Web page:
The 7dDD is a valuable tool for studying the association between diet and illness or healthy aging in the EPIC-Norfolk study. This data can be combined with the UK version of the FFQ and a paper-based version of the 24hDR. A copy of the 7dDD is available for downloaded.
The EPIC-Norfolk 7dDD was based on the diary used in the British Birth Cohort and follows a similar structure. 7dDDs form the primary dietary assessment used in EPIC-Norfolk and the latest version was issued as A5, 50-page booklets. Participants recorded everything that they ate for seven consecutive days (covering weekdays and weekend days) describing amounts and how foods were prepared. The pages for each day have eight sections, seven meal slots for recording food and drinks taken from midnight to midnight, and a checklist and section for recording additional snacks and other information.
7dDD – instruction pages
The front pages of the 7dDD include suggestions for describing and quantifying food and drinks consumed. Participants are encouraged to include full information including how foods are cooked, the type of fat or oil used in preparation or frying, brand names of commercial products and details of recipes used. The amount an individual consumes of each food item or beverage is crucial information. Detailed instructions are included on how different foods may be usefully quantified, for example, colour photographs showing different portions sizes.
At the 1HC, the diary layout was explained to participants by a nurse and standardised instructions given on how to complete it. To help this process the participant was asked to recall the previous day’s intake from waking to going to bed, and the details written into the first day of the diary. The following six days were completed at home and diaries returned in a freepost envelope.
At further time-points, diaries were posted out or handed to participants at a health check, with reminders as to what information was needed to encourage adequate records.
Data processing using DINER and DINERMO
When the EPIC-Norfolk study began, there were no data entry and nutrient analysis systems suitable for a large-scale study with a long period of data collection. Systems available were unable to record sufficient detail, as they were based on the limited number of food types available within the available national food composition databases. The range of published portion sizes was also limited. A system was needed that would be robust enough to deal with the changes that occur within the food supply over time and also to investigate the many hypotheses of interest.
A series of programs and databases that constitute the Data Into Nutrients for Epidemiological Research (DINER) and DINERMO programs were developed at EPIC-Norfolk to convert 7dDD or 24hDR information into structured data for dietary analysis.
Extensive databases were developed and maintained to support DINER and DINERMO. All databases can be updated and extended as new data becomes available without the re-coding of food records.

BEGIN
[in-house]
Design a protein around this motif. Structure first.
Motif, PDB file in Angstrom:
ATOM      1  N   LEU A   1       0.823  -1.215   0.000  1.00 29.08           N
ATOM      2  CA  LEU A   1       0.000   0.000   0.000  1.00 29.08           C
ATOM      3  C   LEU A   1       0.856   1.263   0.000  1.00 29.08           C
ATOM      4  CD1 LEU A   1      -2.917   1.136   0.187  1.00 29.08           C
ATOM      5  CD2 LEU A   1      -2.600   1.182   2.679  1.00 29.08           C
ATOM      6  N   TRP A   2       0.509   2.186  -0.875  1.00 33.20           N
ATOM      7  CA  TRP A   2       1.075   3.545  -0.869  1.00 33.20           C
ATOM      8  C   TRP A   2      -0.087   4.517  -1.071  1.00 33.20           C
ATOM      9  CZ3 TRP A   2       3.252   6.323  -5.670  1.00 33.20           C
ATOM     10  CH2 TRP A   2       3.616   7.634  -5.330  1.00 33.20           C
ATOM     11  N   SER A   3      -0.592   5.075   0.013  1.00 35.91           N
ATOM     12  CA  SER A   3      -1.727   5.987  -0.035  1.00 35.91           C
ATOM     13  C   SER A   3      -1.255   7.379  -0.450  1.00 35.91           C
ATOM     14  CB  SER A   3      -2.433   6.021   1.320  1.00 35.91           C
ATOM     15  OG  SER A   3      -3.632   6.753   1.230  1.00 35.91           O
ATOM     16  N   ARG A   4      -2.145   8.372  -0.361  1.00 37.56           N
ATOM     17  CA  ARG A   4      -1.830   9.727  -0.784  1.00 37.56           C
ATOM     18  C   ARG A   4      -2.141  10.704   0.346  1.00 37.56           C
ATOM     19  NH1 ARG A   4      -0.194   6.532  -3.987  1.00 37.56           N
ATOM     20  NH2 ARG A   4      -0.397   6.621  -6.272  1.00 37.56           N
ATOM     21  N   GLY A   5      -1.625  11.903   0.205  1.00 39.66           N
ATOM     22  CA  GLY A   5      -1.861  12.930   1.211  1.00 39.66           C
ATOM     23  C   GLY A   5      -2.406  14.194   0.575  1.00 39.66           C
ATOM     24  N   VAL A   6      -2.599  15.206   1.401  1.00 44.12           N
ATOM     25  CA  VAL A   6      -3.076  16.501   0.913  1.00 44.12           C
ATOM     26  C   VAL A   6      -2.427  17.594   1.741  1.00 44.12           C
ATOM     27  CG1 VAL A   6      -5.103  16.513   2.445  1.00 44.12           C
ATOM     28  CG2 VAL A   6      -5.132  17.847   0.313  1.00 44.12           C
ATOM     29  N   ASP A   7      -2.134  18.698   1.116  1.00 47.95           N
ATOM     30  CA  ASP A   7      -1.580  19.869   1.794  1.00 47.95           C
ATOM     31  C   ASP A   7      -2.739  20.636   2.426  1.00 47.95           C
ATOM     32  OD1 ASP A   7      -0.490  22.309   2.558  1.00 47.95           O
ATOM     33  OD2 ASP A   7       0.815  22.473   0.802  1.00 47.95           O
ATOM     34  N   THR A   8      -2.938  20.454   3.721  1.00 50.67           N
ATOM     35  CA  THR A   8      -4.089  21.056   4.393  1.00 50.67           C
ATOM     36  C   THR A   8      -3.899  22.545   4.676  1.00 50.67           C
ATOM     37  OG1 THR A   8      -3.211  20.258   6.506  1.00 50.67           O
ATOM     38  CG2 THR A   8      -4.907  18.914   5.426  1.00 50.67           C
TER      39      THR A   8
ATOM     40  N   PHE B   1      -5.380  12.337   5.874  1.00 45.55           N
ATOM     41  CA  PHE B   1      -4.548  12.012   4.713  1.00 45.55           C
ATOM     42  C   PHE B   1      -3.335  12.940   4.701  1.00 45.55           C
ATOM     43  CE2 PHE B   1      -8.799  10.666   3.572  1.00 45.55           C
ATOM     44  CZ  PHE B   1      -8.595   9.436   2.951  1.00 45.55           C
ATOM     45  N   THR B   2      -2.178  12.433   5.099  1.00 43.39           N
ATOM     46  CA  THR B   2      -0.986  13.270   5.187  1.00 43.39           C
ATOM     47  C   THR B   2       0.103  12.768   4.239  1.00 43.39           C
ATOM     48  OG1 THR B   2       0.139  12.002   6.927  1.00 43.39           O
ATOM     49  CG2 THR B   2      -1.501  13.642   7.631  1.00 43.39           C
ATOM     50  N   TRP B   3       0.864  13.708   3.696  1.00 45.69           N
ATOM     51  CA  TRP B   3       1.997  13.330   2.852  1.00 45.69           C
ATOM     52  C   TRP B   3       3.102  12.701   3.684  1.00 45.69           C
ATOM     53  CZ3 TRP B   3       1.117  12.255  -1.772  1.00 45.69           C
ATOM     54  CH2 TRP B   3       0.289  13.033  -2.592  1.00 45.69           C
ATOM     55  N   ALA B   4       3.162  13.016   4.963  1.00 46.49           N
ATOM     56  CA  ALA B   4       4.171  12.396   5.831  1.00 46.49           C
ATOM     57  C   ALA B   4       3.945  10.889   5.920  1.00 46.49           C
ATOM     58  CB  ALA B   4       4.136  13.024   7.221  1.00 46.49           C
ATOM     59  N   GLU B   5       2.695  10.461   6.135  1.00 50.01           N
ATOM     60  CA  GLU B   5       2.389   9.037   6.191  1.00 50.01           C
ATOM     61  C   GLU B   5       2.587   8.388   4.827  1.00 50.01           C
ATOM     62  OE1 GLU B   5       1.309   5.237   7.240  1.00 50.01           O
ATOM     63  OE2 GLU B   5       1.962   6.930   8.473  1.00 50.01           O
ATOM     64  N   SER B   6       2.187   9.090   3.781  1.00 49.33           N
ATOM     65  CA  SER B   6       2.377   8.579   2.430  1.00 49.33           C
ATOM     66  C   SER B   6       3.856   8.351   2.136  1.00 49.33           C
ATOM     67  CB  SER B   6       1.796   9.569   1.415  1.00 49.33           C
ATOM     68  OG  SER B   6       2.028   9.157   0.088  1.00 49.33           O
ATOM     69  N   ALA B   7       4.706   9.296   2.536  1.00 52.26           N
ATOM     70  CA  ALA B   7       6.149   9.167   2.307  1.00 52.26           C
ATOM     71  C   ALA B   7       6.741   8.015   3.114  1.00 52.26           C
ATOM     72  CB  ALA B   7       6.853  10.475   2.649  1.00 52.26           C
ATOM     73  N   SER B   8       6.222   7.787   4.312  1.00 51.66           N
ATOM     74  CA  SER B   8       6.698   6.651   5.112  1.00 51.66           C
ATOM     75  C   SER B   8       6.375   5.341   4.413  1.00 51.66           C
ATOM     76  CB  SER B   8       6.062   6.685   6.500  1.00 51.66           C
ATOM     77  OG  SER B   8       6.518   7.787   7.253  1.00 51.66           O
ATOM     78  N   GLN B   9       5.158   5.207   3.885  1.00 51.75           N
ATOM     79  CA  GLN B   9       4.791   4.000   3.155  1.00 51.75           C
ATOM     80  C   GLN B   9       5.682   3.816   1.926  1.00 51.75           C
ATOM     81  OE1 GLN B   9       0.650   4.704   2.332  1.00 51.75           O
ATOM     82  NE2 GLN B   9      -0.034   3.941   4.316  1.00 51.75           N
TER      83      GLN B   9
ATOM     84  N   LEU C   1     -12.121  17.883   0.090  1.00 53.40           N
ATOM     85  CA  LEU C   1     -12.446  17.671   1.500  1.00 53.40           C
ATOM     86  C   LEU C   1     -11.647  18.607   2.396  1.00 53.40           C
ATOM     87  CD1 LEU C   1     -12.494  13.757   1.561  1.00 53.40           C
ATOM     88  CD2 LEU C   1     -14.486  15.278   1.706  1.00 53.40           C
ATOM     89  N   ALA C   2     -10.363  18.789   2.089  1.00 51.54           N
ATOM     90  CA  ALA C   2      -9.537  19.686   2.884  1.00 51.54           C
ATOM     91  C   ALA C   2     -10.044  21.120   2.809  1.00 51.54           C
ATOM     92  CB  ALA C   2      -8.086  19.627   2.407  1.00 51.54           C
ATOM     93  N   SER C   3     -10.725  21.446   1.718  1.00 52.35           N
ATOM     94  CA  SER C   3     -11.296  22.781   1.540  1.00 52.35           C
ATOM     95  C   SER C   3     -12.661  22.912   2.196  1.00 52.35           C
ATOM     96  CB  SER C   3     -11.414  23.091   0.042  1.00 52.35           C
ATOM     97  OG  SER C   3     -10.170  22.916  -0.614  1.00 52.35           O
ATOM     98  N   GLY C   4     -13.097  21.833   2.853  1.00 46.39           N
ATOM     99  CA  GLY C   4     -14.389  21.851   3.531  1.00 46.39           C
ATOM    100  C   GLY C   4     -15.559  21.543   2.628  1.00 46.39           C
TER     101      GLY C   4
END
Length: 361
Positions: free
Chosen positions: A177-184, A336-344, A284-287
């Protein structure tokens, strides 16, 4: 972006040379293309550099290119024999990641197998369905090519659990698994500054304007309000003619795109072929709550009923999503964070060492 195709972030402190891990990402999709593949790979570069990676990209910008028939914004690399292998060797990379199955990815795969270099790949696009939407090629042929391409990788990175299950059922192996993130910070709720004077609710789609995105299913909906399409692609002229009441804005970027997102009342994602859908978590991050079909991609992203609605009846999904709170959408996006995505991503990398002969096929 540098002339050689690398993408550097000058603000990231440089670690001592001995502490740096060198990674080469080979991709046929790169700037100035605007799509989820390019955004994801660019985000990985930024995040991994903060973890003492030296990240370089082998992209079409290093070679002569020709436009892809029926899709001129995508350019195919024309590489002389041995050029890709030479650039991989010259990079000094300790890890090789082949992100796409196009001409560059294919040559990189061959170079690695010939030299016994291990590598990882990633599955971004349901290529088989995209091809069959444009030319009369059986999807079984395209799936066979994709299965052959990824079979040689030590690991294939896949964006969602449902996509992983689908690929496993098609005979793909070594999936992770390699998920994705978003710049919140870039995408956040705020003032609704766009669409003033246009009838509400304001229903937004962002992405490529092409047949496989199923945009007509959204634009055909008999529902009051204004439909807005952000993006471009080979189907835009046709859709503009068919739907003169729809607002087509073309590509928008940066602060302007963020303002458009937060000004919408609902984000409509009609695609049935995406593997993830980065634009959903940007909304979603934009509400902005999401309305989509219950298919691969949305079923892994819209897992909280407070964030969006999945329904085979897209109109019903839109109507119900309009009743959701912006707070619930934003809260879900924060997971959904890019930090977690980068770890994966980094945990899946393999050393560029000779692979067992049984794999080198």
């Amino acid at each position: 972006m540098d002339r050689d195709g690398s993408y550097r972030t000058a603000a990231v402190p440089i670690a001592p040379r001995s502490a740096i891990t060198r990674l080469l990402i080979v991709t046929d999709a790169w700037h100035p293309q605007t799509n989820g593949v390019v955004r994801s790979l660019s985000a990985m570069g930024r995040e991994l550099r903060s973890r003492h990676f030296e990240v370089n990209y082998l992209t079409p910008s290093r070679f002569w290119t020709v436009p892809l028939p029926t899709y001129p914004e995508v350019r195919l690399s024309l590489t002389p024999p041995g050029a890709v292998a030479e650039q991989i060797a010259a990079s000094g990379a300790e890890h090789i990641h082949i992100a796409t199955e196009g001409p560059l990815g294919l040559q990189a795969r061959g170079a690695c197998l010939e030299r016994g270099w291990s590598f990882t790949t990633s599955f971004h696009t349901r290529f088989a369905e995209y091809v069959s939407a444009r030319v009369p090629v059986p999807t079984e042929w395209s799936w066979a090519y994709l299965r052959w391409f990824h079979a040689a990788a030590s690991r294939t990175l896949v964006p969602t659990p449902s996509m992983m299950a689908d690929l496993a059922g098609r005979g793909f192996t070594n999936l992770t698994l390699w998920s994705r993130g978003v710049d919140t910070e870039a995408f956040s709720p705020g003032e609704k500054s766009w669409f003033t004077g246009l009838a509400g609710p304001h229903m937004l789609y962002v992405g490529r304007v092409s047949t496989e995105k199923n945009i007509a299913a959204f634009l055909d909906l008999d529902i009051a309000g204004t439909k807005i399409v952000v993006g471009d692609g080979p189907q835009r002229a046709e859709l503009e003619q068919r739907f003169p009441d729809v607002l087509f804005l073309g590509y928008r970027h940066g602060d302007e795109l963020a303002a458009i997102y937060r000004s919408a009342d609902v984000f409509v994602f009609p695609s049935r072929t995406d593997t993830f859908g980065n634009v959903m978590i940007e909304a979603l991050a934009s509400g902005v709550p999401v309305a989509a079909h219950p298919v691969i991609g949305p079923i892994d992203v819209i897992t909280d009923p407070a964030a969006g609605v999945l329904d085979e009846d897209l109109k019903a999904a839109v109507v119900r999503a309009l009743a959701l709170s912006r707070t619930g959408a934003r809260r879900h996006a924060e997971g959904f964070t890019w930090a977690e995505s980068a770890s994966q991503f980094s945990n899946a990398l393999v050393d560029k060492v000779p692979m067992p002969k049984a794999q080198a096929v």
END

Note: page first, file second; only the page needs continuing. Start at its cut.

DINER is the program used for entering the dietary data from the 7dDDs and 24hDRs.
Trained data enterers coded the data according to specified guidelines by selecting items from the extensive food list within DINER (nearly 11,000 items) and entering the associated portion size and any other information.
Each food item in the 7dDD or 24hDR is represented by one line of data in the final structure. A sandwich is entered as bread, spread and filling, a cup of tea is entered as black tea and milk (and sugar/sweetener where taken).
DINERMO consists of further programs and databases which check the entered data for completeness, the appropriateness of food choices and correct use of portion sizes. The underlying databases are checked (e.g. for portions, food densities or cooking losses) and new foods added where required.
Each food item in a diary is converted from the entered data into a weight of that food and the nutrients contained in that weight calculated. Nutrient intakes for each day are calculated and average daily nutrient intakes for each individual from all of the completed diary days.
The calculation program uses a nutrient database based on the 2200 foods in the UK food composition database (UKFCD). For new foods, nutrient data are derived by matching the known composition of the new food to proportions of up to four existing items in the UKFCD, to create the best possible nutritional equivalent. The design of DINER allows the range of nutrients processed to be extended.
The DINERMO data can also be used to calculate food intake. i.e. rather than calculating vitamin C intake, we may be interested in the weight of the sum of all fruits and vegetables combined.
For further information see the publications on DINER & DINERMO.